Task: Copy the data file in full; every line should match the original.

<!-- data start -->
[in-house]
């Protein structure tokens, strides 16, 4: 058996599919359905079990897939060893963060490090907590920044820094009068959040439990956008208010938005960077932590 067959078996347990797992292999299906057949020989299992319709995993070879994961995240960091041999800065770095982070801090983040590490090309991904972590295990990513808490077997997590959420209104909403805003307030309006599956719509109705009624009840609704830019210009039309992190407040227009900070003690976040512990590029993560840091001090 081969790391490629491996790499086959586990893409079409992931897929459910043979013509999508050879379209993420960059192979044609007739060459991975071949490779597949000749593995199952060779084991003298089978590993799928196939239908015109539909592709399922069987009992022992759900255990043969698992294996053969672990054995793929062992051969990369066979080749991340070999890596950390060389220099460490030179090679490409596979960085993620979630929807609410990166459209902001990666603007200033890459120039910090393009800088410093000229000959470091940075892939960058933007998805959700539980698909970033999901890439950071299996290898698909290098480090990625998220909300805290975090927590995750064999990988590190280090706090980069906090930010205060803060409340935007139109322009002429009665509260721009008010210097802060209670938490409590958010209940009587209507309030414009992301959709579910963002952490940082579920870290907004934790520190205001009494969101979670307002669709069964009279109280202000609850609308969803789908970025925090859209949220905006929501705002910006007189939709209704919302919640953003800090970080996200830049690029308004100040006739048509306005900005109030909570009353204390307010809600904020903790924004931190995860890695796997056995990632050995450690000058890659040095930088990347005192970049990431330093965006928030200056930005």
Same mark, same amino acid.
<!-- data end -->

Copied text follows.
[in-house]
């Protein structure tokens, strides 16, 4: 058996599919359905079990897939060893963060490090907590920044820094009068959040439990956008208010938005960077932590 067959078996347990797992292999299906057949020989299992319709995993070879994961995240960091041999800065770095982070801090983040590490090309991904972590295990990513808490077997997590959420209104909403805003307030309006599956719509109705009624009840609704830019210009039309992190407040227009900070003690976040512990590029993560840091001090 081969790391490629491996790499086959586990893409079409992931897929459910043979013509999508050879379209993420960059192979044609007739060459991975071949490779597949000749593995199952060779084991003298089978590993799928196939239908015109539909592709399922069987009992022992759900255990043969698992294996053969672990054995793929062992051969990369066979080749991340070999890596950390060389220099460490030179090679490409596979960085993620979630929807609410990166459209902001990666603007200033890459120039910090393009800088410093000229000959470091940075892939960058933007998805959700539980698909970033999901890439950071299996290898698909290098480090990625998220909300805290975090927590995750064999990988590190280090706090980069906090930010205060803060409340935007139109322009002429009665509260721009008010210097802060209670938490409590958010209940009587209507309030414009992301959709579910963002952490940082579920870290907004934790520190205001009494969101979670307002669709069964009279109280202000609850609308969803789908970025925090859209949220905006929501705002910006007189939709209704919302919640953003800090970080996200830049690029308004100040006739048509306005900005109030909570009353204390307010809600904020903790924004931190995860890695796997056995990632050995450690000058890659040095930088990347005192970049990431330093965006928030200056930005």
Same mark, same amino acid.